by Melissa McNulty, PhD, APRN, CNS, ACE-CHC
As a nursing professor, I often find that students are intimidated at the thought of teaching the people they work with. When I was a student, I distinctly recall feeling as if I still had so much to learn that the prospect of teaching someone else was the furthest thing from my mind. Regardless of where you are in your health profession education, first semester or last, you can still find ways to educate people about their health conditions. With 30.3 million people in the US with a diagnosis of diabetes as of 2017, there is a high likelihood that as a health profession student, you will be encountering individuals with this diagnosis often.1
What you teach a person with diabetes (PWD) can increase in complexity as you progress through your health profession program. For example, early on you might educate them about target blood sugar ranges, then progress to symptoms of hyperglycemia and hypoglycemia, and eventually information about medications or dietary modifications needed for people with diabetes.
There are some basic teaching principles that will serve you well as you begin to provide education:
- Assess the person’s readiness to learn
It is important to consider the current circumstance of the PWD before providing education. Have you ever had the experience where you were told a diagnosis and then do not remember anything that was said by your health care provider after that moment? The person’s brain is still processing the new diagnosis and providing education at that moment is not likely to be highly effective. Some other factors that can interfere with learning include severe pain, stress, or anxiety.
- Assess prior knowledge
Do not assume that just because a person has had diabetes for 10 years that they know all about the condition and you cannot contribute to their learning. Unfortunately, not everyone with diabetes has the opportunity to learn about their condition from a Certified Diabetes Educator. Recently while I was in the clinical setting, a nurse approached one of my students and asked her to provide a PWD with orange juice. She went on to explain that the person’s blood sugar was 80 and the PWD felt that was too low for them and asked for juice. Rather than providing the juice, we went in and provided some education to the person regarding target blood sugar levels. Although this PWD had been diagnosed with the condition 12 years prior, he was unaware of what his blood sugar level should be.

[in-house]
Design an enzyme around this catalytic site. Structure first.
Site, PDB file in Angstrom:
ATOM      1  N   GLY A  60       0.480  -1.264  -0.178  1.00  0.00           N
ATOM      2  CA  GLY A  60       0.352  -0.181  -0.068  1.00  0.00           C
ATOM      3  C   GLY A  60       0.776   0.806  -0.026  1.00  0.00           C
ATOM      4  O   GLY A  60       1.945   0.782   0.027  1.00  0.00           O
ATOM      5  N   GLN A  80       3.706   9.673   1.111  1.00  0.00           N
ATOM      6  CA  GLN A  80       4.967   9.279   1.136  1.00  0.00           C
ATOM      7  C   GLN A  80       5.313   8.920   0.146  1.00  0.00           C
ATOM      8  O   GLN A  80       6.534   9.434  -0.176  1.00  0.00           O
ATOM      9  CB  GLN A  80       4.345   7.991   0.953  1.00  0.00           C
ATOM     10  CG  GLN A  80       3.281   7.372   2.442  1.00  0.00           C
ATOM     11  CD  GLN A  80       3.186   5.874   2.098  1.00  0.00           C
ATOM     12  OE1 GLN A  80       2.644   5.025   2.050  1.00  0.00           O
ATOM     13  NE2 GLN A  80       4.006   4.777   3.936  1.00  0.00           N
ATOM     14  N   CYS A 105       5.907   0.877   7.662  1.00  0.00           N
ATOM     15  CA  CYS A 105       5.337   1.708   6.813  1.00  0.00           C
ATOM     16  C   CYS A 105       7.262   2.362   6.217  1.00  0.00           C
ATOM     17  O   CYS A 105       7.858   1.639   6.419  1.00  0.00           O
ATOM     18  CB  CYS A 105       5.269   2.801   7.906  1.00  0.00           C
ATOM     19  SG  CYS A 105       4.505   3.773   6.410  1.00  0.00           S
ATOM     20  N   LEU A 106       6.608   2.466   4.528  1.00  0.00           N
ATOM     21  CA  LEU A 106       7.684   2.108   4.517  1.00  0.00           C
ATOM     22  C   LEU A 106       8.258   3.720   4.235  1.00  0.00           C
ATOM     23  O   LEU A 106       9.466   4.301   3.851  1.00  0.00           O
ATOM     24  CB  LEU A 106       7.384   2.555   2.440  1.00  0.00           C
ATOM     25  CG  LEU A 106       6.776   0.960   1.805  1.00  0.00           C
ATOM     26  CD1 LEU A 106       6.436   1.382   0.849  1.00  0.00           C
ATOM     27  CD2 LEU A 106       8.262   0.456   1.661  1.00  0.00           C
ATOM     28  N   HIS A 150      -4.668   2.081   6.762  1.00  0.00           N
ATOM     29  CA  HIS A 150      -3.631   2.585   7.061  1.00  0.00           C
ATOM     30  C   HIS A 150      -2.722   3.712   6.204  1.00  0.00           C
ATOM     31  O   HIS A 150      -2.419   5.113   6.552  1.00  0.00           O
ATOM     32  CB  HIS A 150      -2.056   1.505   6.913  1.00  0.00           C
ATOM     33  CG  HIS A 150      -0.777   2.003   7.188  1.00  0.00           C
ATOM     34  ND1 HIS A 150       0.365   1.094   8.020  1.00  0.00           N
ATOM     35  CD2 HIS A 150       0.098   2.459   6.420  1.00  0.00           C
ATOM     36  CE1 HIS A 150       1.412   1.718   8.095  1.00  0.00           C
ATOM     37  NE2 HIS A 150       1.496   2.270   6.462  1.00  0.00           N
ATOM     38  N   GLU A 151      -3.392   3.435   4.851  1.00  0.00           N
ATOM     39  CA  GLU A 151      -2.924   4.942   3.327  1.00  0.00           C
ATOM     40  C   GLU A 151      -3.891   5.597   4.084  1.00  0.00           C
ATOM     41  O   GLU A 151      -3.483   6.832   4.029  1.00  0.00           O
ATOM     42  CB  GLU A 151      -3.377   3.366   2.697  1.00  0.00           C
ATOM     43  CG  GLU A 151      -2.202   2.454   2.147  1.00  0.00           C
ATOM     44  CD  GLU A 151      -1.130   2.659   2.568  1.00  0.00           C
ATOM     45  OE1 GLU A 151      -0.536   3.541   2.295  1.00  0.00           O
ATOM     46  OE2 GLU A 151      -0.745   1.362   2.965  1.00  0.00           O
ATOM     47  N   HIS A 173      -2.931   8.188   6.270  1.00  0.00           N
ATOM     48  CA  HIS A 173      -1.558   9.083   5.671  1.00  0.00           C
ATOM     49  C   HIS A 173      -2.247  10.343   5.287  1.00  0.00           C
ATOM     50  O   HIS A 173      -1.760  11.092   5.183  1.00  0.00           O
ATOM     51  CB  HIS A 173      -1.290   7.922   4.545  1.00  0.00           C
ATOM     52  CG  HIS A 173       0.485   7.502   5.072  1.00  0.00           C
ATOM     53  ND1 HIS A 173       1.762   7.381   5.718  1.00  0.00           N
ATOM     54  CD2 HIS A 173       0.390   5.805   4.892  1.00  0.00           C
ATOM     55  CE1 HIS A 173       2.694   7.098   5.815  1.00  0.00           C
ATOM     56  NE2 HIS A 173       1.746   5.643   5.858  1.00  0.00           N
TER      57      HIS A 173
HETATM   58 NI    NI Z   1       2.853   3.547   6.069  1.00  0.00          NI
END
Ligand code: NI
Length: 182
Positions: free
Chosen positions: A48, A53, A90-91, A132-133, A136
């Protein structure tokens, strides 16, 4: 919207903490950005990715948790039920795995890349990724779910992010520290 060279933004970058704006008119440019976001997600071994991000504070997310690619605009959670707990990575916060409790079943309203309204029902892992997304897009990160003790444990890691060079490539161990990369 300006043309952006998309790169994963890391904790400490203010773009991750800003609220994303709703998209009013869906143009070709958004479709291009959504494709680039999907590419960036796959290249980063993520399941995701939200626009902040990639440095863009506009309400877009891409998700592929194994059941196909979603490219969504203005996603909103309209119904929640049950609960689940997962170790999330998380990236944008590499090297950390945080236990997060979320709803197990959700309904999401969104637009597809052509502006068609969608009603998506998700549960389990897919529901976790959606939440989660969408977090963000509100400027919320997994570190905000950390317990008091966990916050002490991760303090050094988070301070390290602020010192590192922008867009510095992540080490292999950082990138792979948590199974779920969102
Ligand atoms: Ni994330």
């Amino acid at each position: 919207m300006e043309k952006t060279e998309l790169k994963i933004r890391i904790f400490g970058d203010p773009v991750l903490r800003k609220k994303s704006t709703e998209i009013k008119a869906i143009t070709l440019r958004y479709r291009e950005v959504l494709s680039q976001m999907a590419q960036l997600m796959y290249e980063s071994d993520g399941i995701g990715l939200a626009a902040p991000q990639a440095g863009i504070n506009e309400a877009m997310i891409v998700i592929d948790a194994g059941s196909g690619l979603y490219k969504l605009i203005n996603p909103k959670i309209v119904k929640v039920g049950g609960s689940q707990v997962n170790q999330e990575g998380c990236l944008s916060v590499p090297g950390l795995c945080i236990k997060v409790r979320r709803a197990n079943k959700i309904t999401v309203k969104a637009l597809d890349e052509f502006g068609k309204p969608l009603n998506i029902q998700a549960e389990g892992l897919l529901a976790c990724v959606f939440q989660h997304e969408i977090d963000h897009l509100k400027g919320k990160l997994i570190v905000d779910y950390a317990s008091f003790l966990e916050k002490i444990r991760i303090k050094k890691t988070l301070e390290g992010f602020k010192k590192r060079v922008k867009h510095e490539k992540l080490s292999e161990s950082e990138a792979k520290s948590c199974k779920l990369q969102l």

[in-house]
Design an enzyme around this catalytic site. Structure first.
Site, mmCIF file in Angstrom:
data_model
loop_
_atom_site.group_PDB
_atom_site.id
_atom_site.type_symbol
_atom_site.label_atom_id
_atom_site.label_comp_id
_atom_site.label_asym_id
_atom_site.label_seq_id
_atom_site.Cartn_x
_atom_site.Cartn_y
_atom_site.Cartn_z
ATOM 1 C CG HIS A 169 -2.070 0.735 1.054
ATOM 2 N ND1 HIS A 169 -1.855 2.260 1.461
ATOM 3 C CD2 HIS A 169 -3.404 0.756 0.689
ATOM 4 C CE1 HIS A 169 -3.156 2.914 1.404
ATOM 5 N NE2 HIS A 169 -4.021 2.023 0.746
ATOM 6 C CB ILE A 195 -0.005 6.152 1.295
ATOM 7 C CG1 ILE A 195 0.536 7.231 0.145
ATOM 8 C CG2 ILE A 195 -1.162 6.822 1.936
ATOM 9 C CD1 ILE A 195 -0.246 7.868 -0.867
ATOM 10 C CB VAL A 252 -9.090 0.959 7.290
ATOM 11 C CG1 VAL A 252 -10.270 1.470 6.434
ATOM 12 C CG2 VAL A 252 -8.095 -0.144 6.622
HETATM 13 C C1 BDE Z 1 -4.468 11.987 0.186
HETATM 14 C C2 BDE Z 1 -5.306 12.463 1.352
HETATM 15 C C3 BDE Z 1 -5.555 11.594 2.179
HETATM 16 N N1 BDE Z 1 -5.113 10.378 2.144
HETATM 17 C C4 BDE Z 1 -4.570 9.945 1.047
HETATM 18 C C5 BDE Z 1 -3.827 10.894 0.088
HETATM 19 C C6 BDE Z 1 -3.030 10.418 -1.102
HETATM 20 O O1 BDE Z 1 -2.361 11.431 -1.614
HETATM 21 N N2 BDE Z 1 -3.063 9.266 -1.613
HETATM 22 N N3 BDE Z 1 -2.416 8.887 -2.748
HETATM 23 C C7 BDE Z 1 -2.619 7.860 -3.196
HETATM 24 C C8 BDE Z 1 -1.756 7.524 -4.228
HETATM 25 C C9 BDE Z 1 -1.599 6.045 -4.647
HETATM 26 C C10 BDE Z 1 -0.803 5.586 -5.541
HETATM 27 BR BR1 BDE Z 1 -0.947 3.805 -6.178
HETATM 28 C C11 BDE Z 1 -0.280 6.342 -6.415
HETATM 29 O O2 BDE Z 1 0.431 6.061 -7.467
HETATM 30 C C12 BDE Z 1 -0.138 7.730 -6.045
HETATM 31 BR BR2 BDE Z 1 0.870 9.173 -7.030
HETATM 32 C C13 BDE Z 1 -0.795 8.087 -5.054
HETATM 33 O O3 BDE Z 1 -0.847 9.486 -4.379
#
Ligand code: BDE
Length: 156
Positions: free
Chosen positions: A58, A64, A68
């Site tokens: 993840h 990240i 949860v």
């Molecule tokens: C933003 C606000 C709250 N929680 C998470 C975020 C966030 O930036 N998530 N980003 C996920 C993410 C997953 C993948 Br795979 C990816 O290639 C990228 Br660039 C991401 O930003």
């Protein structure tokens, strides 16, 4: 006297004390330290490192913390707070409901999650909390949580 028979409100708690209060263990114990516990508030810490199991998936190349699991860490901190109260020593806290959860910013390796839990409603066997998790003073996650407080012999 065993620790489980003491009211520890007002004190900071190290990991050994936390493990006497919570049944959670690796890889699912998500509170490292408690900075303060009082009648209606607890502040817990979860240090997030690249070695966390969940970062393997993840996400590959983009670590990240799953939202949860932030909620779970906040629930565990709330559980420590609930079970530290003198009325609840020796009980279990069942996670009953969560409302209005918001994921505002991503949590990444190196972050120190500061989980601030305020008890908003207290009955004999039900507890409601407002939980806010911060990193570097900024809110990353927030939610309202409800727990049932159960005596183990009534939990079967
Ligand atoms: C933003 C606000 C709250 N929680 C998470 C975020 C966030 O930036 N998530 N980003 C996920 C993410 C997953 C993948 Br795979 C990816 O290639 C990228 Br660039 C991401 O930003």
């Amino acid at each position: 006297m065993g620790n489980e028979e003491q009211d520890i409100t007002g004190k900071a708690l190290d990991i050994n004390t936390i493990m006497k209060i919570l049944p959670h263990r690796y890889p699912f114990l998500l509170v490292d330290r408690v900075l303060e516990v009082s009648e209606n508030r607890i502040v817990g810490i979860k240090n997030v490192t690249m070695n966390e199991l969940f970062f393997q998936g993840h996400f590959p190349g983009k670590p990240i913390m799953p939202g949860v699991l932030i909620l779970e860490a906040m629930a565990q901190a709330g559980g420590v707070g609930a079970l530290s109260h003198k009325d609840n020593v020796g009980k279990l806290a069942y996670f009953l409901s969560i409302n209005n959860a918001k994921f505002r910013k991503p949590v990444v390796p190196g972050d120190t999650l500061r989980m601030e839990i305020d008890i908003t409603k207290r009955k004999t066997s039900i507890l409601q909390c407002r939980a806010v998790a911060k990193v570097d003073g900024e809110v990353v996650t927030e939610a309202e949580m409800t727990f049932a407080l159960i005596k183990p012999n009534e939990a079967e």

- Provide education in short sessions
You do not need to sit down and lecture for an hour to have effective learning take place. Your teaching can be incorporated into everything else you do with your client. Some examples of times you can teach an individual about diabetes include when testing blood sugar, providing a meal tray, providing medication, or assessing a wound.
The more you practice providing education to the people with diabetes you encounter the more confident you will be and the easier it will become. In fact, the education you provide will likely be mutually beneficial because you will find that when you teach someone else, you learn the content yourself at an even deeper level.
About the Author
Melissa McNulty is a college professor with 16 years of experience in nursing and nutrition education. She has a PhD in health science education and research and master’s degrees in both nursing and psychology. She is a Certified Nutrition Specialist and American Council on Exercise Certified Health Coach.
- Center for Disease Control (2017). A snapshot: Diabetes in the United States. Retrieved from: https://www.cdc.gov/diabetes/library/socialMedia/infographics.html